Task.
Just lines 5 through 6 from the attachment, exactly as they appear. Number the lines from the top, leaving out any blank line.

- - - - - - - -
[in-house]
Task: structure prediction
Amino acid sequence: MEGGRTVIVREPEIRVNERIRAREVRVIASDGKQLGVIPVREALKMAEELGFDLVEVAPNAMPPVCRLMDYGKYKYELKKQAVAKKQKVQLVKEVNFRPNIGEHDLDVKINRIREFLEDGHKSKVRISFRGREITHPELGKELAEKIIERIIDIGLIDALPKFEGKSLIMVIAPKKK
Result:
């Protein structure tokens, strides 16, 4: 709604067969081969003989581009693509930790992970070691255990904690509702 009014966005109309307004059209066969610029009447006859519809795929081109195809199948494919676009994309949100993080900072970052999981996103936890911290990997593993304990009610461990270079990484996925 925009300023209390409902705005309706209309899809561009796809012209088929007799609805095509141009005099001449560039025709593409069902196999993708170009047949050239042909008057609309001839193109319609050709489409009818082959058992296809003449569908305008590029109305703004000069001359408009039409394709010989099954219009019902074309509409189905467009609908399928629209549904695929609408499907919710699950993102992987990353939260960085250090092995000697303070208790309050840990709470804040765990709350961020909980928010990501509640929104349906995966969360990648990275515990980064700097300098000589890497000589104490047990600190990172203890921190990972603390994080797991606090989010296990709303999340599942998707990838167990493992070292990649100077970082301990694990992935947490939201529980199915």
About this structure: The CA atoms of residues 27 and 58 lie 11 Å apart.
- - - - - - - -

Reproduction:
């Protein structure tokens, strides 16, 4: 709604067969081969003989581009693509930790992970070691255990904690509702 009014966005109309307004059209066969610029009447006859519809795929081109195809199948494919676009994309949100993080900072970052999981996103936890911290990997593993304990009610461990270079990484996925 925009300023209390409902705005309706209309899809561009796809012209088929007799609805095509141009005099001449560039025709593409069902196999993708170009047949050239042909008057609309001839193109319609050709489409009818082959058992296809003449569908305008590029109305703004000069001359408009039409394709010989099954219009019902074309509409189905467009609908399928629209549904695929609408499907919710699950993102992987990353939260960085250090092995000697303070208790309050840990709470804040765990709350961020909980928010990501509640929104349906995966969360990648990275515990980064700097300098000589890497000589104490047990600190990172203890921190990972603390994080797991606090989010296990709303999340599942998707990838167990493992070292990649100077970082301990694990992935947490939201529980199915």
About this structure: The CA atoms of residues 27 and 58 lie 11 Å apart.